Chicago has zero back-to-back games in December and Crawford isn’t going to sit on the bench for an entire month. Therefore he has hurdled over the role of being a goalie that only starts in back-to-back situations. If Turco loses, expect Crawford to start the next game. If Crawford wins, expect him to play the next game. Chicago needs points and Quenneville, as history has proved, doesn’t care which goalie plays, so long as they are winning. So I’m betting Crawford starts on Tuesday in Chicago.
Short-term projection: His four-game winning streak is extended to five in a relatively light week of action.
Long-term projection: Ends up starting closer to 35 games and maintains close to a .920 save percentage.
SEMYON VARLAMOV – The hyperactive, energetic Russian netminder returned to action last week and rattled off three straight wins, including an easy 17-save shutout over the Lightning on Friday night. It’s great to see that he’s healthy, being challenged and motivated by the strong play of Neuvirth and already in a nice rhythm due to three starts in six days.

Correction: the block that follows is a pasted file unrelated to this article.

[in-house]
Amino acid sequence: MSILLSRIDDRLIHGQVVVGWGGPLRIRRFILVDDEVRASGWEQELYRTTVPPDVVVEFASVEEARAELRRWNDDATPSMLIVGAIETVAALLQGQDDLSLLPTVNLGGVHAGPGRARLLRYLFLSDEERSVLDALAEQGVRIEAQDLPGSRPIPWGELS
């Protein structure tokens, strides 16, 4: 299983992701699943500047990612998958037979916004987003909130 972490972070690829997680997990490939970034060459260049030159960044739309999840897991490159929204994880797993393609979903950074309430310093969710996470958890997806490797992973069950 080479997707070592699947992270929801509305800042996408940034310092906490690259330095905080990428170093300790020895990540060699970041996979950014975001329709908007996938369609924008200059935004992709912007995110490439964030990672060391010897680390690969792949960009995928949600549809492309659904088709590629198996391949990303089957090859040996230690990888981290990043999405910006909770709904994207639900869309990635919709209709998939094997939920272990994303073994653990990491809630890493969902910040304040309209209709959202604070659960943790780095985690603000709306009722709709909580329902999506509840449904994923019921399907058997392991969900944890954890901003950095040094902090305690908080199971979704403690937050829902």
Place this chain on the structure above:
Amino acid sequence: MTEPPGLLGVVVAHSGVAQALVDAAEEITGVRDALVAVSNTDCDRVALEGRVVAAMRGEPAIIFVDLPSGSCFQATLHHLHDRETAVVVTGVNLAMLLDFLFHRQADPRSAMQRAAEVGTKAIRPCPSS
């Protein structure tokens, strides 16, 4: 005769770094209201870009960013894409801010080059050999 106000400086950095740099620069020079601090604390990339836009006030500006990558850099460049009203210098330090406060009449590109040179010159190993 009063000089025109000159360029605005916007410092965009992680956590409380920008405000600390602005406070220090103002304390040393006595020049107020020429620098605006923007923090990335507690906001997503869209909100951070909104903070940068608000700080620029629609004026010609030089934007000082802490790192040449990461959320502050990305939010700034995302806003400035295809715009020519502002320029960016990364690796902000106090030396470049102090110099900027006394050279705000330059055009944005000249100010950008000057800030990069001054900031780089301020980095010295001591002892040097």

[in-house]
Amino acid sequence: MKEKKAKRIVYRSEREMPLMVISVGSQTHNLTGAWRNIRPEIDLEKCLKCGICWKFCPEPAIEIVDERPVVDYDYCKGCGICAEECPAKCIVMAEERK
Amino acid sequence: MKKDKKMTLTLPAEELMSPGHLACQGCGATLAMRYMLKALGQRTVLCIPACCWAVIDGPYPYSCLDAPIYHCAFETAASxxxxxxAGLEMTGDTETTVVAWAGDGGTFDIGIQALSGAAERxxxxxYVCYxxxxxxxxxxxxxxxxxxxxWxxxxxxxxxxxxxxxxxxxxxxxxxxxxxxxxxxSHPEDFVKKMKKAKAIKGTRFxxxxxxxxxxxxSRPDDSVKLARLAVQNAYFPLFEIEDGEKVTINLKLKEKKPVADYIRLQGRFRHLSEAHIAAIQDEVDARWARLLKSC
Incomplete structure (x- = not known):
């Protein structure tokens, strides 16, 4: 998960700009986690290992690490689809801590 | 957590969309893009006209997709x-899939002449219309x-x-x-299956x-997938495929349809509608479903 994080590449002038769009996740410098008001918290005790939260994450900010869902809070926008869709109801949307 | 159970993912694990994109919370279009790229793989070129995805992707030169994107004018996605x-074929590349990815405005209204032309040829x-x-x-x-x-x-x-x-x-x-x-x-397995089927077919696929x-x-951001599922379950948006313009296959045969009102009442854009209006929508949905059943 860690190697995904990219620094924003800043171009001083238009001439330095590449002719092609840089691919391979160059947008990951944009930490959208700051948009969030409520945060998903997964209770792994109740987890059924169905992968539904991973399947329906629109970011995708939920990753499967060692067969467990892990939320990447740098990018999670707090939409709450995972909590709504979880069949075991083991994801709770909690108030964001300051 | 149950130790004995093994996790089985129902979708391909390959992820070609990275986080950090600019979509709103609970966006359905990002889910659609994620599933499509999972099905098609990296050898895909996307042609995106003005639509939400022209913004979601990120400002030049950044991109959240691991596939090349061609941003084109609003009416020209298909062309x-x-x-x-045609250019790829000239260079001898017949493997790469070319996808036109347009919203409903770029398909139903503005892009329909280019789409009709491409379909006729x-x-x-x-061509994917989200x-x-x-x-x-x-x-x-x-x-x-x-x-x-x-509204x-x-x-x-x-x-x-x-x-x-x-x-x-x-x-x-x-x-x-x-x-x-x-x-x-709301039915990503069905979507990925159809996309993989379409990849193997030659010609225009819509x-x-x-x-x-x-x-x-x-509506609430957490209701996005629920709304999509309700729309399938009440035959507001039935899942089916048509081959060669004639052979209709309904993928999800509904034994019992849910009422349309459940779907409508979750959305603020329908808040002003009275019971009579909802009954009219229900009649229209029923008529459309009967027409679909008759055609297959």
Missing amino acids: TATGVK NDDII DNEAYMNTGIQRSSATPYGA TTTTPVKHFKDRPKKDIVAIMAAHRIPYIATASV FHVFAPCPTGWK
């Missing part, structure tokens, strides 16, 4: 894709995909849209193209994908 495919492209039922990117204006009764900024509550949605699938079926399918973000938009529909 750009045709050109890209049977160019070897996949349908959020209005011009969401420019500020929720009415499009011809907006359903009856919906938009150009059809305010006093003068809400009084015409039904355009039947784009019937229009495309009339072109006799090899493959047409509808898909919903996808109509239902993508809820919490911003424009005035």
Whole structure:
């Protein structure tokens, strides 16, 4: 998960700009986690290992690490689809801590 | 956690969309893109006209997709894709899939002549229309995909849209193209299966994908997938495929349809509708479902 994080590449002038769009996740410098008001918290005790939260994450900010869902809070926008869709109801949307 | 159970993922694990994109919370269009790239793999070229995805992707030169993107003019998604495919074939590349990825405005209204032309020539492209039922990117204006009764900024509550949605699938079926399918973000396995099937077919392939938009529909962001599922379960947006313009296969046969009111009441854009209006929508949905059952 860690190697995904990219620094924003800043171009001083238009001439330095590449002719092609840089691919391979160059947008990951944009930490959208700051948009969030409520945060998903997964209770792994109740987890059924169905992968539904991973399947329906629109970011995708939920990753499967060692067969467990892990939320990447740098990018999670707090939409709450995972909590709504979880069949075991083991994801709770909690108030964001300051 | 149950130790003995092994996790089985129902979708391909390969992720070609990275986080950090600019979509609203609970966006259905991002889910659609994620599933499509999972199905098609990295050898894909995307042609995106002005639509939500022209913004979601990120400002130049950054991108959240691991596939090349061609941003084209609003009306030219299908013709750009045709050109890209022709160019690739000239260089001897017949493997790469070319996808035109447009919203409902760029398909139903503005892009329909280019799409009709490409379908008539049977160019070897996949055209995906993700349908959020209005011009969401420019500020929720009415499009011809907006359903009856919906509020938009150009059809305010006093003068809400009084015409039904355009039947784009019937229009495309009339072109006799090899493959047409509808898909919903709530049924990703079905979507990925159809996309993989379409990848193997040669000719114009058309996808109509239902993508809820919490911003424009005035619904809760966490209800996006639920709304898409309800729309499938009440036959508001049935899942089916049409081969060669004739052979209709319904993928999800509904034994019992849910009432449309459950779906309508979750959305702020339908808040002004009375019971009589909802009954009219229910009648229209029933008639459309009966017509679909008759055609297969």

Give the Capitals a lot of credit, as they did a terrific job of placing him in Hershey and allowing him to gradually work his way back into the pace and speed of NHL games. Because they managed him effectively, his strong stretch of play should continue. It’s a far cry from a team like Colorado’s management of Craig Anderson’s injury, as he returned too soon and ended up pulling his groin in the first period of his second game back and going back on the IR.
The battle is back on in Washington and since the Caps have a back-to-back set of games on Wednesday in St. Louis and Thursday in Dallas, we’ll get a great opportunity to see if Varlamov can steal a potential start from Neuvirth. Don’t be surprised if he plays all three games (Atlanta on Saturday), as Neuvirth could still be quietly nursing a lower-body injury that was suffered in a practice last Monday.
Short-term projection: Plays all three games this week despite the back-to-back and goes 2-1-0 with a .915 save percentage.
Long-term projection: Proves his streaky style by still playing fewer games than Neuvirth and backing him up in the playoffs.